cat-scan      ultrasound
Left: A cat examines his own ultrasound scan!
Right: A labelled ultrasound scan of a dog’s abdomen.

Endoscope
Our fibre optic scope can be used to check for abnormalities in the chest, stomach and large intestine. The endoscope can reveal abnormalities in the lining of these organs that could not normally be seen such as ulceration of the stomach lining. The scope also helps us to see and occasionally be able to remove small items in the stomach without the need for surgery.

endoscope-and-dog-stomach
A photo taken using the endoscope to show the inflammation of the wall of a dog’s stomach

Electrocardiography (ECG) machine
The ECG machine is used for patients that are suspected of suffering from cardiac abnormalities when the rhythm of the heart is affected an ECG trace gives valuable information and diagnosis. The machine gives our vets a better understanding of the electrical activity of the heart and so how best to effectively treat a dysfunction.

Microscope
This piece of equipment is a very useful diagnostic tool that we use on a daily basis.
The microscope, alongside a range of chemical stains, is used in the lab to detect parasitic, bacterial and fungal infections which allows appropriate, prompt treatment helping to ensure a fast recovery for the patient. The microscope is also used for urine samples to detect cells and crystals which may explain abnormalities in a pet’s urine. Cells from lumps may be examined following sampling by a needle and syringe to give an indication of the type of mass which helps to determine whether removal of the lump is necessary. Blood smears can also be examined in cases of anaemia.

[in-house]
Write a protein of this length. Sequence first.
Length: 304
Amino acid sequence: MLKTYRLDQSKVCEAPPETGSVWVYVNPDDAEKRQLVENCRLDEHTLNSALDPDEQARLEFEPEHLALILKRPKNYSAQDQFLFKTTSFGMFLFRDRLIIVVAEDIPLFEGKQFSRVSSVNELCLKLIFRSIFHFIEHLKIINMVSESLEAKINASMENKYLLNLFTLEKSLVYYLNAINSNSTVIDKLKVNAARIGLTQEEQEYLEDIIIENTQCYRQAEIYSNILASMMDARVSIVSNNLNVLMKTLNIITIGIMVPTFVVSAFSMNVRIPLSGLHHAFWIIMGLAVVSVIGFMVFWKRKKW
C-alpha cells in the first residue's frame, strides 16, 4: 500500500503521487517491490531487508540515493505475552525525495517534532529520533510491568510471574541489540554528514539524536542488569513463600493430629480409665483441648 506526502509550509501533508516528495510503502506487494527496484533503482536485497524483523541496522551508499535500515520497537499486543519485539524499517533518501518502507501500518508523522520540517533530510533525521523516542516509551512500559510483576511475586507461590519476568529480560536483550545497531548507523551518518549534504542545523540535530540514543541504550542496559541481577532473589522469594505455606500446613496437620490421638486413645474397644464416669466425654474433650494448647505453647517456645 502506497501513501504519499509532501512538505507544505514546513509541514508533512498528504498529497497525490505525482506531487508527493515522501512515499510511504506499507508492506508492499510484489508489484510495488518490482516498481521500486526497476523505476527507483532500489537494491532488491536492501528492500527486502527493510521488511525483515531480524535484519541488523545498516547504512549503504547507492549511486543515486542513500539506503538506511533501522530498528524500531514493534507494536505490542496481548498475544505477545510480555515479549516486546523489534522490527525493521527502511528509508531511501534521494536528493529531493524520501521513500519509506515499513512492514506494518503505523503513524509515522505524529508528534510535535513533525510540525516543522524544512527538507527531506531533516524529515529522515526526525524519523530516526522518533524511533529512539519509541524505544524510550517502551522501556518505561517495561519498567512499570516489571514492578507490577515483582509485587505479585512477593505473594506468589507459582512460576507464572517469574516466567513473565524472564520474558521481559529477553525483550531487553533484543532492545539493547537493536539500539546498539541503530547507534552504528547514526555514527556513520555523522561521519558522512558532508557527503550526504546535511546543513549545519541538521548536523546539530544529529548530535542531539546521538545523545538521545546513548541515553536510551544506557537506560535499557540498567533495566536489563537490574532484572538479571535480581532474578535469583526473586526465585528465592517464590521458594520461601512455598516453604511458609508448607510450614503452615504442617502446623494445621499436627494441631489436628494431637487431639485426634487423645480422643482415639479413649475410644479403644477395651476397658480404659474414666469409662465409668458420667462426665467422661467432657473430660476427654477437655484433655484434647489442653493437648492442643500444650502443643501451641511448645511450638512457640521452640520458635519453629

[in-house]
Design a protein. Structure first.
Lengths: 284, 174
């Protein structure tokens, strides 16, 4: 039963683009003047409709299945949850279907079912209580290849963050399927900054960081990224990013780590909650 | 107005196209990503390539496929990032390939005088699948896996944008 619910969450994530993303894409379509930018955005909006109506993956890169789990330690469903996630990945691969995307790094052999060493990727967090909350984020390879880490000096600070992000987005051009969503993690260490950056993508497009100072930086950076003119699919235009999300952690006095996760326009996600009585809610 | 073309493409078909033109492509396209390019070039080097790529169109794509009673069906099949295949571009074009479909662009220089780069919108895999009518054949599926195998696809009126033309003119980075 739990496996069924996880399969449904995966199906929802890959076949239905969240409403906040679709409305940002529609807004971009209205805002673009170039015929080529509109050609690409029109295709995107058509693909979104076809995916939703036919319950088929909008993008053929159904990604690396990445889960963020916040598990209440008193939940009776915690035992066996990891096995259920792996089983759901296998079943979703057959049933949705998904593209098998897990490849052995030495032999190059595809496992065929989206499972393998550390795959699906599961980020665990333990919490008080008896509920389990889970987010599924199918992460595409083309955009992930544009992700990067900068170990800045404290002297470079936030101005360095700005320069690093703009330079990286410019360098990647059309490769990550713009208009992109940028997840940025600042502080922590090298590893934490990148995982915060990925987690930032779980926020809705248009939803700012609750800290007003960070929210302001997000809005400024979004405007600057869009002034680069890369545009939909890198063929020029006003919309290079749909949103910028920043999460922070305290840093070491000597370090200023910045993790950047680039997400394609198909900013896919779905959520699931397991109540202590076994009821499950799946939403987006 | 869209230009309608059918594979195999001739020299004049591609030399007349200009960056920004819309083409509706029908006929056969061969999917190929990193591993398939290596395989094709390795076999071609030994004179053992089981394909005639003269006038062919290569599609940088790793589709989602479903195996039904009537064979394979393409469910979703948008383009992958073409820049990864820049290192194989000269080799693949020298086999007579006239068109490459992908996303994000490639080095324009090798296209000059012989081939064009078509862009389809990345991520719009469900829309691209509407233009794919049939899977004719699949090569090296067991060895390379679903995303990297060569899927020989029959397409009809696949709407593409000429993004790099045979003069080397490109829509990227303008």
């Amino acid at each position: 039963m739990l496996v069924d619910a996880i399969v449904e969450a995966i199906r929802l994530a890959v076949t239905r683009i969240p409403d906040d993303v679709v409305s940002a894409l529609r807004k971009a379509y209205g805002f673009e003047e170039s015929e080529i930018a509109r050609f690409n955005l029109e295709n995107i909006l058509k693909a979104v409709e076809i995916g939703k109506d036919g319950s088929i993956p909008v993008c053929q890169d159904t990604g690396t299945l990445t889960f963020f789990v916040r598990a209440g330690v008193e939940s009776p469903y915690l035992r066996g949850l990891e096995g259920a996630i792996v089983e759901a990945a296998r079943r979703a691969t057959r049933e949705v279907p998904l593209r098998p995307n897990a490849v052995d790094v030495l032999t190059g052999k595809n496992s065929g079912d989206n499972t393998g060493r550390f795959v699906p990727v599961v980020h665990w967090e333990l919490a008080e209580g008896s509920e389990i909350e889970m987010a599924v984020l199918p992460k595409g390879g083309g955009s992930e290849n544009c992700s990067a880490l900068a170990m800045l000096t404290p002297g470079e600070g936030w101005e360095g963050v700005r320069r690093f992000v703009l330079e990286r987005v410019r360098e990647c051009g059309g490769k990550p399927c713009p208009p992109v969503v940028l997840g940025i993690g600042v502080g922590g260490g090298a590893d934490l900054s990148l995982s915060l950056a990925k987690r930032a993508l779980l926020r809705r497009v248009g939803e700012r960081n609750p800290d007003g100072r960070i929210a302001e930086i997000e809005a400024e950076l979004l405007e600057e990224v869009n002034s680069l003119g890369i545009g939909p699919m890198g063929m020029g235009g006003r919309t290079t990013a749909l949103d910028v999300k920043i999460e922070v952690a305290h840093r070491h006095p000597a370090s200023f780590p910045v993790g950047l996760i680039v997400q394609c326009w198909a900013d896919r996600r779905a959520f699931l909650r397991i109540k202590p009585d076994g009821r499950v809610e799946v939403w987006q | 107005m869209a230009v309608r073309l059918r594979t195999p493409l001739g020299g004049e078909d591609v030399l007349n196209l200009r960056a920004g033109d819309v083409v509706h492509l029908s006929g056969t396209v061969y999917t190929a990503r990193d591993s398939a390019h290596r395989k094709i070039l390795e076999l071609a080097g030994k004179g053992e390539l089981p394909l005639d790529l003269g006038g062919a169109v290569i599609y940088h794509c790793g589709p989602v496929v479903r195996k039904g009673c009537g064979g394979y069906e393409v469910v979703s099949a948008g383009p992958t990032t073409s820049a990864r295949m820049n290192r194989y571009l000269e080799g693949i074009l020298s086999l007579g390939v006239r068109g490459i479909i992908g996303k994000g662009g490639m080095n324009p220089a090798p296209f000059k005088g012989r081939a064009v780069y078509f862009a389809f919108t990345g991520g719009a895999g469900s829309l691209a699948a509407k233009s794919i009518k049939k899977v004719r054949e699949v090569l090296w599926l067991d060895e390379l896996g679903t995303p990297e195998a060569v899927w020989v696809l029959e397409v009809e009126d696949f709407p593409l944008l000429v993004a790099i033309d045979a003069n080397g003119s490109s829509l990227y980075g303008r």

immature-tick      elizbeth-urine-sample
Left: An immature tick prior to a blood feed.
Right: Elizabeth using the microscope to examine a urine sample

Blood biochemistry analyser
Our blood testing machine is often used when a vet suspects that an older patient may have abnormal liver or kidney function. The quick tests can be carried out immediately following a blood sample which allows the vet to determine the necessary treatment. The tests are frequently used in older patients to ensure that the patient is in good health prior to an anaesthetic or prior to starting certain medications.

Video otoscope